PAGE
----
Today’s watercolor sketch is a preliminary study of a way to express some thoughts and feelings about identity shifting. My own definition of ‘identity shift’ is, the change in self image due to circumstances that have changed in one’s life. For example, when a person is healthy, he or she may have stereotypical ideas about cancer patients. However if one becomes a cancer patient (god forbid), one’s entire identity changes. For a wonderful site about identity shift relating to illness, visit the The Identity Shift Project site built by Jessica Safran a fellow NYU alum and Julie Hassett Sutton, fine art photographer. Similarly, if one loses one’s parents, one does not have an active role as a son or daughter any more. The parents are simply not there any more. Of course, in the latter case much depends on the closeness of the family unit to begin with, but the relationship becomes a phantom one just the same.
I am breaking new ground in terms of age. I know everyone is, but each age group has a list of properties associated with it and, dare I say, defining it. I’m in the ‘Boomer’ generation. In the news, we are starting to die off. We used to be ‘Baby Boomers’ now we are just ‘Boomers’.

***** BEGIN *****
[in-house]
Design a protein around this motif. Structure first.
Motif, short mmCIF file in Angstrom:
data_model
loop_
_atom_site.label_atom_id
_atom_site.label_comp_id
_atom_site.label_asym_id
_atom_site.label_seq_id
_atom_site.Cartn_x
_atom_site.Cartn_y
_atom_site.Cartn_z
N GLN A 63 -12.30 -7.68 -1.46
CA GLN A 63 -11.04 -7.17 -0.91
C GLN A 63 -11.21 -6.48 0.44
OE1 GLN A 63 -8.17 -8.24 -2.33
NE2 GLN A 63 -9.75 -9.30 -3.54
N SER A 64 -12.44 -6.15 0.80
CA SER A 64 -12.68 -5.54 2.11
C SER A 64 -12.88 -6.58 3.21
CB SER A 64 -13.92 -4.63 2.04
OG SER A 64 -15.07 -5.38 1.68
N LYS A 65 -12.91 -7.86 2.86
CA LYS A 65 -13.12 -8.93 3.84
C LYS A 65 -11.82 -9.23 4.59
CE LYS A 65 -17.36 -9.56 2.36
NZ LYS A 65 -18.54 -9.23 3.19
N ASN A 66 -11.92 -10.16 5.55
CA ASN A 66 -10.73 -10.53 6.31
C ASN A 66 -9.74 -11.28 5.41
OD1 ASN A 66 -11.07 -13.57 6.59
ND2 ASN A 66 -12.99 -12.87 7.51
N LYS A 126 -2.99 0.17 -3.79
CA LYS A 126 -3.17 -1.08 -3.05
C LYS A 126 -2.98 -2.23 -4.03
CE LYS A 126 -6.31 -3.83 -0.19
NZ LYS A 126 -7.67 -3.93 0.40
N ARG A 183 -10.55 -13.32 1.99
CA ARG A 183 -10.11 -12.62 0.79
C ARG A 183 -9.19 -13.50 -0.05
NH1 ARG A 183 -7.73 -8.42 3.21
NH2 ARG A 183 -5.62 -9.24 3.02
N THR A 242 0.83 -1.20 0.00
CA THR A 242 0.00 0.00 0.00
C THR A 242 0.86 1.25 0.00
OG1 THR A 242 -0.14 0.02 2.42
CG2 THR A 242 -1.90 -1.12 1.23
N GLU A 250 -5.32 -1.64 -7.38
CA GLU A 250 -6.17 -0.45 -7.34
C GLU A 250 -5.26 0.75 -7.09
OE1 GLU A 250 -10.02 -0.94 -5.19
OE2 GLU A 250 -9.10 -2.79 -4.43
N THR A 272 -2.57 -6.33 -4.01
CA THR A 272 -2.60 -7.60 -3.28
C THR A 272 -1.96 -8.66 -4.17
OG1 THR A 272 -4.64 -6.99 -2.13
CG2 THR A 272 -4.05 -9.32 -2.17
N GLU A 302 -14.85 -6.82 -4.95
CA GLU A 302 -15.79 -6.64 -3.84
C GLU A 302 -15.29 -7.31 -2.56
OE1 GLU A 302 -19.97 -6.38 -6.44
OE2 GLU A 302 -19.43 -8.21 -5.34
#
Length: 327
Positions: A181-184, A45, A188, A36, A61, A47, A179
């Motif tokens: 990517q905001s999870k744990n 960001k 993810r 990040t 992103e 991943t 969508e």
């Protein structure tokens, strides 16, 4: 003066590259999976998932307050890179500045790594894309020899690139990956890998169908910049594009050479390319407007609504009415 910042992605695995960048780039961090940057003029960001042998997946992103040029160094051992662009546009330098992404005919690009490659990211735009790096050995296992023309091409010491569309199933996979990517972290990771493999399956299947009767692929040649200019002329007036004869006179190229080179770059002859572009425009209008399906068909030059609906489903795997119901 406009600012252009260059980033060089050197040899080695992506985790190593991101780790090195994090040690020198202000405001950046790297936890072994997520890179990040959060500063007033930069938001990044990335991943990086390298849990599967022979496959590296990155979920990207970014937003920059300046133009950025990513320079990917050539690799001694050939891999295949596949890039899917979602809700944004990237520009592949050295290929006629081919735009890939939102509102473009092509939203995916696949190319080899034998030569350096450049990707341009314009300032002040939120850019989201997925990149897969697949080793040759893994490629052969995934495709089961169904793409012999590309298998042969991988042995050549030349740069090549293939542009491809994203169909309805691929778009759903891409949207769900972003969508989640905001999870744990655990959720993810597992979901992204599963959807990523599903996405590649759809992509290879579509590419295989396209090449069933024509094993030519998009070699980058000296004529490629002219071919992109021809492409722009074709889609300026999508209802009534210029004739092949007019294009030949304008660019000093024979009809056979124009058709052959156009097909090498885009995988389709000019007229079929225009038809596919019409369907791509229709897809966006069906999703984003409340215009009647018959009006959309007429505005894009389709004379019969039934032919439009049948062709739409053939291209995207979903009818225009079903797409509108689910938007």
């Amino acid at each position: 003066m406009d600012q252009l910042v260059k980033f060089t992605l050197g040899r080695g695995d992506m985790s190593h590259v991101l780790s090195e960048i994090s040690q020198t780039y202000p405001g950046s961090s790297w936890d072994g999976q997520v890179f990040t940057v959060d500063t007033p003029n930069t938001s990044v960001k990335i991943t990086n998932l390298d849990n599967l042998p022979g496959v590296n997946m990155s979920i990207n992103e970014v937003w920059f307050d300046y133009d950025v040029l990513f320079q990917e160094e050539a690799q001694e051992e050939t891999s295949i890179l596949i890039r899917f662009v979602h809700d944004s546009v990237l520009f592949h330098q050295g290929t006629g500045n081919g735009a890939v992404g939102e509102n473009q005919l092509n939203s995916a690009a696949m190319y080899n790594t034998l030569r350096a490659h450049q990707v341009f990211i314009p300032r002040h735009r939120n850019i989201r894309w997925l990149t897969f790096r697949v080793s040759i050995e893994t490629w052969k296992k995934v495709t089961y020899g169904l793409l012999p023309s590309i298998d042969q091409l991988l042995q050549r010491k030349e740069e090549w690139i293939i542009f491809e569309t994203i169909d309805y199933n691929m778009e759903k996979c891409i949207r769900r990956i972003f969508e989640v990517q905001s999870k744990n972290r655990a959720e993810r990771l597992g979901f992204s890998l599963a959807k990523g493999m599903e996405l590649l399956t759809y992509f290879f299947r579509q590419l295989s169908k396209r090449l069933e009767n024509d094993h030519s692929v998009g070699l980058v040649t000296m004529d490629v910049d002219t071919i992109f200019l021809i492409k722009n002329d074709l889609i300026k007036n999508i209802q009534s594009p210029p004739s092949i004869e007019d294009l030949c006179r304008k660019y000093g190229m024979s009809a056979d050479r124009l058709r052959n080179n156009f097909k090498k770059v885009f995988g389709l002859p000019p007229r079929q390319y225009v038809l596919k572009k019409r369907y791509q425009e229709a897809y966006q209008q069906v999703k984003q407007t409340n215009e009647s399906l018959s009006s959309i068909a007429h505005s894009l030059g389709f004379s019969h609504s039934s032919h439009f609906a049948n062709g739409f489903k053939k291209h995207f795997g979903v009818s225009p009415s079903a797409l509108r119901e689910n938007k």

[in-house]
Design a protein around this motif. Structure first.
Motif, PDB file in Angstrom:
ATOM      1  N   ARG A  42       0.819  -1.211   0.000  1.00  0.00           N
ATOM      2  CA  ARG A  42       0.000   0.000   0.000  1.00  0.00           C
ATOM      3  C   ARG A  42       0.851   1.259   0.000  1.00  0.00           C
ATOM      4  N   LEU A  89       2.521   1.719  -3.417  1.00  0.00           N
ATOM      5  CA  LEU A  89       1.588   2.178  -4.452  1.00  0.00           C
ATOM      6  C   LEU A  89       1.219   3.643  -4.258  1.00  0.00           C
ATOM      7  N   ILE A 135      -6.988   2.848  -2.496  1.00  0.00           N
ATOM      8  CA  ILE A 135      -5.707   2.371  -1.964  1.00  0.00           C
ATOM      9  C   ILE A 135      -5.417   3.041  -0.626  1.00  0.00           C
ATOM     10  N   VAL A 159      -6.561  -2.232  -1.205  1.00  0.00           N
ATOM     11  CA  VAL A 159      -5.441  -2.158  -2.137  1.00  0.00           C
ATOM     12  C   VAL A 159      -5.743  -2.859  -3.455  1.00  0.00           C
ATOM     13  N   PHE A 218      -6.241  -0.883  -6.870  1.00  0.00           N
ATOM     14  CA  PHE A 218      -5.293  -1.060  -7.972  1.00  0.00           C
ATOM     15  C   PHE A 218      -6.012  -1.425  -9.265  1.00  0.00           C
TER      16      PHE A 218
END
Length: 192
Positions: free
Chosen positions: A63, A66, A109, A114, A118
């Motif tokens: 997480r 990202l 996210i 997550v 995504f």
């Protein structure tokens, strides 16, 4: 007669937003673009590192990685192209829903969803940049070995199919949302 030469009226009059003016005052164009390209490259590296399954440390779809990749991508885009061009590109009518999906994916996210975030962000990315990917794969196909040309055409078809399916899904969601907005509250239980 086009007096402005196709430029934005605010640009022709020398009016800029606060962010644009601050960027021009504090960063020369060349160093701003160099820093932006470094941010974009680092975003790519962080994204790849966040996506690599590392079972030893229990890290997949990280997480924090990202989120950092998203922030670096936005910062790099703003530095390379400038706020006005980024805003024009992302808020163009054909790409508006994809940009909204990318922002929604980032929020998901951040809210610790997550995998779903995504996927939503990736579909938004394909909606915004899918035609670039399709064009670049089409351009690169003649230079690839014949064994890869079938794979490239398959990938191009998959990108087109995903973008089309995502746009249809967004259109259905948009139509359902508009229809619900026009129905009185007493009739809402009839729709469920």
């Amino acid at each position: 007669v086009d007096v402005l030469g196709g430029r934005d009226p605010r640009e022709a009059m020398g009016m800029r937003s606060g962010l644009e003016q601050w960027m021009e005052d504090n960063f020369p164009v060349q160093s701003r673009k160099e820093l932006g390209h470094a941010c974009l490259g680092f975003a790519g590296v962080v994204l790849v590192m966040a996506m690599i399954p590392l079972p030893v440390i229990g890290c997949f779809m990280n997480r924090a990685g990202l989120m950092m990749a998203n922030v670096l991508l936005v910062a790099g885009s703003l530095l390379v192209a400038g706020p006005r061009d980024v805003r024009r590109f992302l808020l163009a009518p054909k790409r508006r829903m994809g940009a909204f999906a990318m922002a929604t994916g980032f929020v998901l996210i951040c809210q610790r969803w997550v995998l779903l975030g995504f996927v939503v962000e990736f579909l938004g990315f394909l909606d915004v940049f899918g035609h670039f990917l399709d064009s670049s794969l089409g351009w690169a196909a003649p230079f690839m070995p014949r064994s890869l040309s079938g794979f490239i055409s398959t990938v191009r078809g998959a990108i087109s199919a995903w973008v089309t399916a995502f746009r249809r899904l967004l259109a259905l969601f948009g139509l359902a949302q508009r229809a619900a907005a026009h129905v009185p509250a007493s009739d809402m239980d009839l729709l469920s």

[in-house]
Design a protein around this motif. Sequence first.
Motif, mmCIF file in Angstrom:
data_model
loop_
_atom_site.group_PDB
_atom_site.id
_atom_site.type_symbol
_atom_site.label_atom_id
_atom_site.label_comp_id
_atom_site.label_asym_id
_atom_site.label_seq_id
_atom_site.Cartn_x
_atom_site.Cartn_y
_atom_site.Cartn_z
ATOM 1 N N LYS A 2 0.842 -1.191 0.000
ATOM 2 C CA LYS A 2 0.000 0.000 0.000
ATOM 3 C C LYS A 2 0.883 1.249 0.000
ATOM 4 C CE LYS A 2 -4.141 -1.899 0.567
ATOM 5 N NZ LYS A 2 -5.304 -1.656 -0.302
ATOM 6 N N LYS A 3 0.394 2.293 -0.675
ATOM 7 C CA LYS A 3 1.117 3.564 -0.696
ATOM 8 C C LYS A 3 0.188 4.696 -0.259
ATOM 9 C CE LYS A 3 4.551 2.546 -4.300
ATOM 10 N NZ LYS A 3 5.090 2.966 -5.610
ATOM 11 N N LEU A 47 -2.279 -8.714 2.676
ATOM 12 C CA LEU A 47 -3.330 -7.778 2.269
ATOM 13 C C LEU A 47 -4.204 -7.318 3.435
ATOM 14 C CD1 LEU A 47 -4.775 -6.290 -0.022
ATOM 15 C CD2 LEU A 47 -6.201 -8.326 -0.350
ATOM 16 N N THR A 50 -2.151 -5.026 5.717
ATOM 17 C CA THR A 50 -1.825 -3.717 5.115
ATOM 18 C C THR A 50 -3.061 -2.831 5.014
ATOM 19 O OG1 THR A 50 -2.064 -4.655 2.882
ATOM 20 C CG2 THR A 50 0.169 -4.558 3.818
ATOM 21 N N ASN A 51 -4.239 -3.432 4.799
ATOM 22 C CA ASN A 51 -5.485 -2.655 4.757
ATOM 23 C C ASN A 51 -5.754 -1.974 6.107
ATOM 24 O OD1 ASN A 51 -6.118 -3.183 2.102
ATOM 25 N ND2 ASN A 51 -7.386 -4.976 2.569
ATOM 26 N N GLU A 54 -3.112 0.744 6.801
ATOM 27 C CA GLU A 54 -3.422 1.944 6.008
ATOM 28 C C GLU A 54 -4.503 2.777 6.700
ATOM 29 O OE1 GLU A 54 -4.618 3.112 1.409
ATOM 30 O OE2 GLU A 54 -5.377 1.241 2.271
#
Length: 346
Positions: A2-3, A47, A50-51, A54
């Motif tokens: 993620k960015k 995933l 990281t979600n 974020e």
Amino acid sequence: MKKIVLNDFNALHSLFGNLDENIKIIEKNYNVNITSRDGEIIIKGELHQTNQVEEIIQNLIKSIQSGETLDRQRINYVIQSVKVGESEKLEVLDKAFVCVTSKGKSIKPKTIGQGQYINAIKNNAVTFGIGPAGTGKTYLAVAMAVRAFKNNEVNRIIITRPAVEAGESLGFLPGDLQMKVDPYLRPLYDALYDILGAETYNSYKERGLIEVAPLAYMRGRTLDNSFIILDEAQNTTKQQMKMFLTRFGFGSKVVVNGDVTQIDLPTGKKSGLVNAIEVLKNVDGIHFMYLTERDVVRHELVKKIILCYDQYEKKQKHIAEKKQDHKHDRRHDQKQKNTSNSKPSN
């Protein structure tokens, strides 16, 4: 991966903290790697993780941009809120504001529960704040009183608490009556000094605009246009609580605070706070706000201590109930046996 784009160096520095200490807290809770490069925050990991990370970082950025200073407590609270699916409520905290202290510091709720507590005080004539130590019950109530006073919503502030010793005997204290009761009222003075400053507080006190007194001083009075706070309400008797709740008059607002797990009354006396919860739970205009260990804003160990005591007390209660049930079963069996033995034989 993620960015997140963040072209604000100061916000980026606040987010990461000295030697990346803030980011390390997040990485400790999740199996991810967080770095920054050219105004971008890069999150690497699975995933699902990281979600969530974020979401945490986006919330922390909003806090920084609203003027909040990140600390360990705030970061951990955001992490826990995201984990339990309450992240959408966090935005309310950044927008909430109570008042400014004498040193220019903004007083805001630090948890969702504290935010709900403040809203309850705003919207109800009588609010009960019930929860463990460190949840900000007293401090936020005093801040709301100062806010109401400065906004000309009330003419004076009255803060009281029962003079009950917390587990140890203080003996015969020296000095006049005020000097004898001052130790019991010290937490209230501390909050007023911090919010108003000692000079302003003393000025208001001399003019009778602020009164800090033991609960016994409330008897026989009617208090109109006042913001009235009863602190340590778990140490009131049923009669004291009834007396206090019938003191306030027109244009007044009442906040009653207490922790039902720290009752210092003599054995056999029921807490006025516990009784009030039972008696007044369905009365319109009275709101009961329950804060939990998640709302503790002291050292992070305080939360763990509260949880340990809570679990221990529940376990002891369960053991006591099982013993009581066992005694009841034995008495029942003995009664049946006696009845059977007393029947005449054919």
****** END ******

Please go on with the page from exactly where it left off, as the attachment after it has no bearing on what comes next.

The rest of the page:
Most people have their own definitions of old people. It is a fluid definition to be sure. As one ages out of one category, one reassesses the previous definition. For instance Abbie Hoffman‘s (THE Abbie Hoffman of the 1960s) used to say, “Don’t trust anyone over 30,” during the Vietnam Era; as he aged he changed that to “Don’t trust anyone under 30.”
The study below depicts my inner self looking at my outer shell. The ‘inner child’ icon is ambiguous. Perhaps it is not a child at all but simply a younger-in-years me, without the defining properties of that age category. Am I imagining my shift? Am I accepting the crystallization of the accepted definitions of the category into which I am shifting?
I need to do more thinking, drawing and painting about this.